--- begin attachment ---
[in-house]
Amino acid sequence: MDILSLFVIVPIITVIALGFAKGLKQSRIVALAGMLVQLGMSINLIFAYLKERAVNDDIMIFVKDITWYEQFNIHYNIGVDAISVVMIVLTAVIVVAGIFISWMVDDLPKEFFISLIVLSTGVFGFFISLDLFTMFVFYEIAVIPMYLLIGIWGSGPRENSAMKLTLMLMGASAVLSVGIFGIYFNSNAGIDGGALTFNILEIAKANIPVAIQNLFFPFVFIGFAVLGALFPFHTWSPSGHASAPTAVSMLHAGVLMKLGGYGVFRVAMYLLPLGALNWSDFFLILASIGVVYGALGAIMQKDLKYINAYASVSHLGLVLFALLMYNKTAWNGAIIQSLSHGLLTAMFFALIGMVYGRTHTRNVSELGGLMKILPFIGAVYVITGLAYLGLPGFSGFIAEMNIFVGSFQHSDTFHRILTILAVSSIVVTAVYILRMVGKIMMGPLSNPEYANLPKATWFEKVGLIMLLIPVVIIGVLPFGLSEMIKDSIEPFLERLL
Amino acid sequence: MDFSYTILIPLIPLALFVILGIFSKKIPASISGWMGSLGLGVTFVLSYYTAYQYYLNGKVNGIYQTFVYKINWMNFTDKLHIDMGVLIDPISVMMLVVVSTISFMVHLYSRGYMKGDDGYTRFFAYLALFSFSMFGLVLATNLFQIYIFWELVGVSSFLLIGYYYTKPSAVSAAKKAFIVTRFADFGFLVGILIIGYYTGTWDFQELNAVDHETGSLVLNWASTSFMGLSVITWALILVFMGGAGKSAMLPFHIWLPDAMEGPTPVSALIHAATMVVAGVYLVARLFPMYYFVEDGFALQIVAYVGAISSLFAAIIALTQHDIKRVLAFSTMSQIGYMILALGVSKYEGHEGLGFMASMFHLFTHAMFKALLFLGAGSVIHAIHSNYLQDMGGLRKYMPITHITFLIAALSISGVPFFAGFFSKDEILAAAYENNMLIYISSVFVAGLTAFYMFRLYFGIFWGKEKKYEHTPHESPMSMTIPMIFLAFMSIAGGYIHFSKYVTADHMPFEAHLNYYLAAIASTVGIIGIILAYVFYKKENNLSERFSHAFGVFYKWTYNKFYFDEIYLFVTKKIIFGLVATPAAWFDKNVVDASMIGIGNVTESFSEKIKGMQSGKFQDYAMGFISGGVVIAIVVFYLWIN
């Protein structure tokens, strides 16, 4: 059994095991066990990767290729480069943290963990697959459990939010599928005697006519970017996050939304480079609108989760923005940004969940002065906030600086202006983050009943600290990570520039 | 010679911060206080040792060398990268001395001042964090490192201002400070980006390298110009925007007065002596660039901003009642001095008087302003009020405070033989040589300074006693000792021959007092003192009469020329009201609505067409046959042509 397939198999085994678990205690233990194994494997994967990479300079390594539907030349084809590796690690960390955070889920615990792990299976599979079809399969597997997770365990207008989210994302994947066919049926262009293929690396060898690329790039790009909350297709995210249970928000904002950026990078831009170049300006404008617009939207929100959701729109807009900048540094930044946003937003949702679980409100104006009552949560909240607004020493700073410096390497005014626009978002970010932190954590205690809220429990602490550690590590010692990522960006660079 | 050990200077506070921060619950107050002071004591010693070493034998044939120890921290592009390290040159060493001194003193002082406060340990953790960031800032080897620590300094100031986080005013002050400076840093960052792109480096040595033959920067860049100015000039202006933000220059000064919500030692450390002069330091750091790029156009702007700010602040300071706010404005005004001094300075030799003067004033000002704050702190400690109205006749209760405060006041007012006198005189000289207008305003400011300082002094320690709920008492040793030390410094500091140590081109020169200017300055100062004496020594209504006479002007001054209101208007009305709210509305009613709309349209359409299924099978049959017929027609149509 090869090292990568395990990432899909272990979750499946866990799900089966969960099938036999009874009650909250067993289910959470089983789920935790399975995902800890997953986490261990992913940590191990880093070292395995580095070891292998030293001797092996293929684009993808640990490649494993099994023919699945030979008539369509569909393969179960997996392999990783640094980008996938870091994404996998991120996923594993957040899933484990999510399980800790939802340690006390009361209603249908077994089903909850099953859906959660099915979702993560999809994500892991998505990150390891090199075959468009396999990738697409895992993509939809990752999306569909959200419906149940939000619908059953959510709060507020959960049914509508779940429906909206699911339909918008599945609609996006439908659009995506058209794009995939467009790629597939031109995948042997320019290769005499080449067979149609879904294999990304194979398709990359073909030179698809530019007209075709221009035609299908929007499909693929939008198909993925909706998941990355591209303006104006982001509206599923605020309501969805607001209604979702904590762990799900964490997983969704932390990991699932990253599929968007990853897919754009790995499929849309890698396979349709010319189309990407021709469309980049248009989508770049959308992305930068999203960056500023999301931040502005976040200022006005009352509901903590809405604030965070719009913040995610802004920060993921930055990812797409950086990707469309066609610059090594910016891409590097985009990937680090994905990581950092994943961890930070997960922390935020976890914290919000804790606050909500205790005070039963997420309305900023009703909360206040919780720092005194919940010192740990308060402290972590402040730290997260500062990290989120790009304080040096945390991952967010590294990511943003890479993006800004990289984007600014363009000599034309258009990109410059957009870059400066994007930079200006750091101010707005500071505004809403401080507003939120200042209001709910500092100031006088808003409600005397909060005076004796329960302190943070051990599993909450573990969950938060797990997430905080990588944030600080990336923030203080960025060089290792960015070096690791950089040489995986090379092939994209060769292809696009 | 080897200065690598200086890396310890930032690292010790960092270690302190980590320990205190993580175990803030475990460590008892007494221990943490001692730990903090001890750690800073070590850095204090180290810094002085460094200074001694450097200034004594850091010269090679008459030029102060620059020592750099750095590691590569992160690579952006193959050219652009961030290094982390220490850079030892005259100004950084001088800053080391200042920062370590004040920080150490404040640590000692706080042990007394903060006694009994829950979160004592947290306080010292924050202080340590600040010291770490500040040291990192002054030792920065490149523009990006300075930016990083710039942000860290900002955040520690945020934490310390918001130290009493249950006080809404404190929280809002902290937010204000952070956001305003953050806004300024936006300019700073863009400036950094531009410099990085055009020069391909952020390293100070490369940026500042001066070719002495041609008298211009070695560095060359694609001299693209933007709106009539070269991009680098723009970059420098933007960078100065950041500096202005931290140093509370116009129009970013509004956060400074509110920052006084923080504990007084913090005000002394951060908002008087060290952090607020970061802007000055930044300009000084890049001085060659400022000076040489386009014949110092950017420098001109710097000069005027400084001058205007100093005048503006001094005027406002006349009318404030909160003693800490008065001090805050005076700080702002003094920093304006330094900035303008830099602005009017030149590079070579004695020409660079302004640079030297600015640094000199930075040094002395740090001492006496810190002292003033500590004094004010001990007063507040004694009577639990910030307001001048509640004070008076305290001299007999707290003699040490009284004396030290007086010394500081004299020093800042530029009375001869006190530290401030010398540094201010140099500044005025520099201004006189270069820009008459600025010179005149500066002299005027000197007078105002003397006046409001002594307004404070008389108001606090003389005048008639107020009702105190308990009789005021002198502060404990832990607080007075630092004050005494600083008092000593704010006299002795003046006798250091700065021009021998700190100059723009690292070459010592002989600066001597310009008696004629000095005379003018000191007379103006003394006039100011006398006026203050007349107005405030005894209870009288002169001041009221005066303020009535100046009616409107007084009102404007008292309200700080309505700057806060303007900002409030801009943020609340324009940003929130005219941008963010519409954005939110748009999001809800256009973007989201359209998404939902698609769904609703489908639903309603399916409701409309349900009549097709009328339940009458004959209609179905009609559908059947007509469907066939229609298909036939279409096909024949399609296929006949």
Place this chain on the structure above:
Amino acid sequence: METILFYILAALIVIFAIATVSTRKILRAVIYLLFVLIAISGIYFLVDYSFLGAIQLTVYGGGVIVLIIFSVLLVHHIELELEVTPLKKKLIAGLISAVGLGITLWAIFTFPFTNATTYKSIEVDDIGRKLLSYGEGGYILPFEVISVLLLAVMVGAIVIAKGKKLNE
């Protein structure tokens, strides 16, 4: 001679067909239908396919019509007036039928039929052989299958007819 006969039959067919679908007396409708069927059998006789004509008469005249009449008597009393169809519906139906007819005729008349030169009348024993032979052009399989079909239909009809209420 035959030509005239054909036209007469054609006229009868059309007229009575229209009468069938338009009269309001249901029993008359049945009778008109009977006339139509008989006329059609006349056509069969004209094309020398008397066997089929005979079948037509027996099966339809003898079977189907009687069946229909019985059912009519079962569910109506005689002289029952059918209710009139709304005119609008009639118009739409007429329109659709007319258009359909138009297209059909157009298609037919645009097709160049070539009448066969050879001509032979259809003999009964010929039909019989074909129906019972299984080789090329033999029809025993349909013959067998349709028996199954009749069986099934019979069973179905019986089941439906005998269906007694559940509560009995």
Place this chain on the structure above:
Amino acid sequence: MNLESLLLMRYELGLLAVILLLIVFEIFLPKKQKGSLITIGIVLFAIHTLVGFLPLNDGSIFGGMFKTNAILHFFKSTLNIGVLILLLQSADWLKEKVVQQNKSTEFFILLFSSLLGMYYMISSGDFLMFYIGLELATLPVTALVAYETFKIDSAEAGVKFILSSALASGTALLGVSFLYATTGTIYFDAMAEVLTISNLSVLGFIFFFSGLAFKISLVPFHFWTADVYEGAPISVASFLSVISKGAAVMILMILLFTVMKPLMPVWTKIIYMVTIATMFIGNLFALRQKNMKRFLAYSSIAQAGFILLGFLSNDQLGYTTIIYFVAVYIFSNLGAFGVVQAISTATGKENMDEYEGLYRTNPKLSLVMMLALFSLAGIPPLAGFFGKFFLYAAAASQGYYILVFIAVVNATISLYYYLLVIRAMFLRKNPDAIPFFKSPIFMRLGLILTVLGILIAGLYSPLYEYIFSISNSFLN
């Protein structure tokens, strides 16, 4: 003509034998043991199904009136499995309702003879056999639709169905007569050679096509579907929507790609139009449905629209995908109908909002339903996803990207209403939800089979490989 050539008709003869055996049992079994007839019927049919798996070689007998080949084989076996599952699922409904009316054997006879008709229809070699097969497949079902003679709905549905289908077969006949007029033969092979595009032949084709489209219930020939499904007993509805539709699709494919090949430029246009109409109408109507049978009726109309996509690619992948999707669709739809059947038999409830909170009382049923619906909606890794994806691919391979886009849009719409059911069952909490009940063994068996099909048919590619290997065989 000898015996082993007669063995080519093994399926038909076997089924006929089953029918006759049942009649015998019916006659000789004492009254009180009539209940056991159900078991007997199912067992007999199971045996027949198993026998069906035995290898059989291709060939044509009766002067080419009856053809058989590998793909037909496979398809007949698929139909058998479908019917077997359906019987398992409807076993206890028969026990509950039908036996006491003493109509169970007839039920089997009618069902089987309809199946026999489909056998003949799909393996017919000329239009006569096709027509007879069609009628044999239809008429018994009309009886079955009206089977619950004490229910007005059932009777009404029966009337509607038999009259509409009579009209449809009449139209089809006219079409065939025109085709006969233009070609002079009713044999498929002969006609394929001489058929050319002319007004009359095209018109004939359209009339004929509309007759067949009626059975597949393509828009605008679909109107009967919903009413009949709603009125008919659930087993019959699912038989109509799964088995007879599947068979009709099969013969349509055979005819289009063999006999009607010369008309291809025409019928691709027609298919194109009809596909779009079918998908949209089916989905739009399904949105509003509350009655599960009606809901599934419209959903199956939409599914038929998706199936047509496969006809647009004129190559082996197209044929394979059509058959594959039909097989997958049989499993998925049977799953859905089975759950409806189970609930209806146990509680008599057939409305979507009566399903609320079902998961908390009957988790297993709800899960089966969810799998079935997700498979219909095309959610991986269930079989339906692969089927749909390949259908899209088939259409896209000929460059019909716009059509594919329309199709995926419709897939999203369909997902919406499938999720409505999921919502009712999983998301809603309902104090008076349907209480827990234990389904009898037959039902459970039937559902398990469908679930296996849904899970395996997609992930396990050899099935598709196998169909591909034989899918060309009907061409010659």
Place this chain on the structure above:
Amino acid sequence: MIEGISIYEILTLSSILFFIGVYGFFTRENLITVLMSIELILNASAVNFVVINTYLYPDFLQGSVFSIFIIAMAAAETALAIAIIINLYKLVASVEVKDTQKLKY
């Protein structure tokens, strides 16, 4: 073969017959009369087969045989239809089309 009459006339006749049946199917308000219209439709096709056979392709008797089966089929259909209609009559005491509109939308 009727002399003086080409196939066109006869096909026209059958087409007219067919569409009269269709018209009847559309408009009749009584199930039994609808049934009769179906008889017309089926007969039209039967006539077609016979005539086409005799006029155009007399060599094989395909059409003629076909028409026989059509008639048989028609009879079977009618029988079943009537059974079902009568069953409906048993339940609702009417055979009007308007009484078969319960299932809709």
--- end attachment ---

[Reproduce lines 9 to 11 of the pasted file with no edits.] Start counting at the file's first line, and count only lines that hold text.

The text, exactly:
Amino acid sequence: MNLESLLLMRYELGLLAVILLLIVFEIFLPKKQKGSLITIGIVLFAIHTLVGFLPLNDGSIFGGMFKTNAILHFFKSTLNIGVLILLLQSADWLKEKVVQQNKSTEFFILLFSSLLGMYYMISSGDFLMFYIGLELATLPVTALVAYETFKIDSAEAGVKFILSSALASGTALLGVSFLYATTGTIYFDAMAEVLTISNLSVLGFIFFFSGLAFKISLVPFHFWTADVYEGAPISVASFLSVISKGAAVMILMILLFTVMKPLMPVWTKIIYMVTIATMFIGNLFALRQKNMKRFLAYSSIAQAGFILLGFLSNDQLGYTTIIYFVAVYIFSNLGAFGVVQAISTATGKENMDEYEGLYRTNPKLSLVMMLALFSLAGIPPLAGFFGKFFLYAAAASQGYYILVFIAVVNATISLYYYLLVIRAMFLRKNPDAIPFFKSPIFMRLGLILTVLGILIAGLYSPLYEYIFSISNSFLN
């Protein structure tokens, strides 16, 4: 003509034998043991199904009136499995309702003879056999639709169905007569050679096509579907929507790609139009449905629209995908109908909002339903996803990207209403939800089979490989 050539008709003869055996049992079994007839019927049919798996070689007998080949084989076996599952699922409904009316054997006879008709229809070699097969497949079902003679709905549905289908077969006949007029033969092979595009032949084709489209219930020939499904007993509805539709699709494919090949430029246009109409109408109507049978009726109309996509690619992948999707669709739809059947038999409830909170009382049923619906909606890794994806691919391979886009849009719409059911069952909490009940063994068996099909048919590619290997065989 000898015996082993007669063995080519093994399926038909076997089924006929089953029918006759049942009649015998019916006659000789004492009254009180009539209940056991159900078991007997199912067992007999199971045996027949198993026998069906035995290898059989291709060939044509009766002067080419009856053809058989590998793909037909496979398809007949698929139909058998479908019917077997359906019987398992409807076993206890028969026990509950039908036996006491003493109509169970007839039920089997009618069902089987309809199946026999489909056998003949799909393996017919000329239009006569096709027509007879069609009628044999239809008429018994009309009886079955009206089977619950004490229910007005059932009777009404029966009337509607038999009259509409009579009209449809009449139209089809006219079409065939025109085709006969233009070609002079009713044999498929002969006609394929001489058929050319002319007004009359095209018109004939359209009339004929509309007759067949009626059975597949393509828009605008679909109107009967919903009413009949709603009125008919659930087993019959699912038989109509799964088995007879599947068979009709099969013969349509055979005819289009063999006999009607010369008309291809025409019928691709027609298919194109009809596909779009079918998908949209089916989905739009399904949105509003509350009655599960009606809901599934419209959903199956939409599914038929998706199936047509496969006809647009004129190559082996197209044929394979059509058959594959039909097989997958049989499993998925049977799953859905089975759950409806189970609930209806146990509680008599057939409305979507009566399903609320079902998961908390009957988790297993709800899960089966969810799998079935997700498979219909095309959610991986269930079989339906692969089927749909390949259908899209088939259409896209000929460059019909716009059509594919329309199709995926419709897939999203369909997902919406499938999720409505999921919502009712999983998301809603309902104090008076349907209480827990234990389904009898037959039902459970039937559902398990469908679930296996849904899970395996997609992930396990050899099935598709196998169909591909034989899918060309009907061409010659």
Place this chain on the structure above: